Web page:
Hoss
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post #9 of 12 (permalink) Old 08-28-2018, 03:57 PM
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Chesa- Great you have such good goals set up for Ace!

My initial reaction to your post is that Ace is still a puppy and might be a little young to go through the CGC evaluation. Has he taken and passed a basic obedience course yet (non-puppy class)? This is usually a prerequisite for CGC.

I didn't get Spock through CGC until 12.2016 when he was 6 y/o because I worked out of town and had to schedule 6 consecutive weekends when I would be home. I signed him up at a local Unleashed Pet store (a higher end Petco) since it was very near my home and they had a good instructor. Also the CGC training course including test was 1/2 price on a promotion.

https://www.dobermantalk.com/doberma...ew-tricks.html

Located in a shopping center the store was much smaller than a regular Petco/Petsmart it turned out to be better training for Spock with many distractions, customers, dogs, etc. He has always been a high energy Dobe who is easily distracted, but at the older age he was mellowed somewhat.

Spock excelled at the obedience and the stranger meeting/handling tasks, since he went through basic obedience at age 2 y/o. Being of a very friendly nature, staying with the instructor for 5 minutes while Daddy was out of sight was not a problem for him, as long as he was getting someones attention!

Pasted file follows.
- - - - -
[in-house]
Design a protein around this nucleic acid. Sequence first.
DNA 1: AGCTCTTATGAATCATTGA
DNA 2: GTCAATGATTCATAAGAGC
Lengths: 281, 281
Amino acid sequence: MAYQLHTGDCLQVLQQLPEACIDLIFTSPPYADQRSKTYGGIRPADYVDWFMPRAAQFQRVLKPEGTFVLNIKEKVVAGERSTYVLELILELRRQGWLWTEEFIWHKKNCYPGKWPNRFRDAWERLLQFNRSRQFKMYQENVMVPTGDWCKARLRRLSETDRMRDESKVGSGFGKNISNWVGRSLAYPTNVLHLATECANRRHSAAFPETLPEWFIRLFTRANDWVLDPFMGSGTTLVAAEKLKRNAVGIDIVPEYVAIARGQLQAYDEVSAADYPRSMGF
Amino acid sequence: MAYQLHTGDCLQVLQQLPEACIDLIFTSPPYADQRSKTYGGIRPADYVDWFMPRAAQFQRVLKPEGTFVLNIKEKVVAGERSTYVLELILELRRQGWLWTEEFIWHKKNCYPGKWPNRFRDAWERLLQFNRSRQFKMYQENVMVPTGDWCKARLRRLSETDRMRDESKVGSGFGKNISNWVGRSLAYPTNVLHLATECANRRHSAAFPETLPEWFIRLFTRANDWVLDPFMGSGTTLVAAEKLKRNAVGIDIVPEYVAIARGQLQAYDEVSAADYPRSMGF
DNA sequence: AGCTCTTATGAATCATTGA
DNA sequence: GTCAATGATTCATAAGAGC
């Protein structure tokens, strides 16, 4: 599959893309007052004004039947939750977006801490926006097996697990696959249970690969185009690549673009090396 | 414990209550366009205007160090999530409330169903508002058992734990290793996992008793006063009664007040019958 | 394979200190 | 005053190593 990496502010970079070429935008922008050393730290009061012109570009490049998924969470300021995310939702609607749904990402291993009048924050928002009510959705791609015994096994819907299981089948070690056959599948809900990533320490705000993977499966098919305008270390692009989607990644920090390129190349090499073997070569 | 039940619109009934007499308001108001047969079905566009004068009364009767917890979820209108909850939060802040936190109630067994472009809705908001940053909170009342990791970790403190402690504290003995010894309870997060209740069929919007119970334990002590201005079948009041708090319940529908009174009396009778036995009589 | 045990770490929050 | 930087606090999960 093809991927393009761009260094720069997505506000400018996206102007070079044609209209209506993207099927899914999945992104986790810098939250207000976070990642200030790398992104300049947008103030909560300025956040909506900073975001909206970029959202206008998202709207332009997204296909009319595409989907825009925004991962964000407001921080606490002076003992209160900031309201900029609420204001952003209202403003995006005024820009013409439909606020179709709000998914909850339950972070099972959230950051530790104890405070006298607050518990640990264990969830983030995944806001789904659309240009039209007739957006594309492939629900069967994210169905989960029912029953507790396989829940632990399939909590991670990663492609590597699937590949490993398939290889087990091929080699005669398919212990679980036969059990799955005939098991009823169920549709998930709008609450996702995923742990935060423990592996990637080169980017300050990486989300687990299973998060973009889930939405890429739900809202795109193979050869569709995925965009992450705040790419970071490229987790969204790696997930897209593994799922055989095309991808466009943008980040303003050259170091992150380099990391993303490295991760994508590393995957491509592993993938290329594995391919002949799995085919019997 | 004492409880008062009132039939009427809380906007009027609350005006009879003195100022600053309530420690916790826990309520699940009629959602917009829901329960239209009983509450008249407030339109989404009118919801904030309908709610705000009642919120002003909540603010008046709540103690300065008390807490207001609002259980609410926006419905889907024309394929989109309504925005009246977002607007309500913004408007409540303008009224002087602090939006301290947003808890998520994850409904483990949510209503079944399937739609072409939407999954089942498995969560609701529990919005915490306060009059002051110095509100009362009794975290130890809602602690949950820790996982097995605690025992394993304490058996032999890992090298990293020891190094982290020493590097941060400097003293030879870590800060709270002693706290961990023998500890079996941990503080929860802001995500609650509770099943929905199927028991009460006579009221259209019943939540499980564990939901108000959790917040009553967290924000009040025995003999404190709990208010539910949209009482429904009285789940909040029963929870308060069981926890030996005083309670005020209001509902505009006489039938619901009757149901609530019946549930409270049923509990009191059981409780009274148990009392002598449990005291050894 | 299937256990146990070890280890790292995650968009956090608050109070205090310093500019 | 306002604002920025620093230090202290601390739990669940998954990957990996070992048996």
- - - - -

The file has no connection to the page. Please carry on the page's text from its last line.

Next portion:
As with your Ace, loose leash walking is always Spock's challenge, even though we practice it daily on our walks. He is just a fast walker, but will stop when I stop, sit when commanded and walk slow when commanded. CGC training requires flat collar during practice and evaluations, no chokers, martingale or pinch collars. His excitement level when walking is what always needs to be "harnessed". In the pet store environment the distractions are loads of pet treats & toys in aisles, DIY Pet wash stations in use and other dogs walking around store!

What I did find out is that Spock's training for/evaluation for CGC in 12.2016 was invaluable later in 5.2018 for his Pet Partner's Therapy Dog testing. The PP therapy dog testing is very similar to the CGC testing except for the Medical equipment involved in Therapy Dog skills. (as you can see in below videos)


AKC CGC Test:




PP Therapy Dog Test:



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post #10 of 12 (permalink) Old 08-28-2018, 04:00 PM
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Quote:
Originally Posted by Chesa View Post
Okay so as most of you know, Ace and I are hoping to do his CGC test soon.

We need to start working daily to improve our current training. He can sit, stay, stand, wait, leave it and come on command. (He knows other commands, but those are mostly trick commands). It all could be tightened up obviously, but I know consistency is key there.

Walking on the leash is our downfall. He's slightly improving, but the problem is he is rarely leashed. He's great off leash, and at our home property is rarely leashed for our outside adventures. He's recall is pretty strong, but obviously for an 8mo old puppy, it can always use more practice. Everything could always use more, never-ending practice. We have started training by any time he pulls, I stop. I need to get much better about this myself, but i have noticed him being slightly better.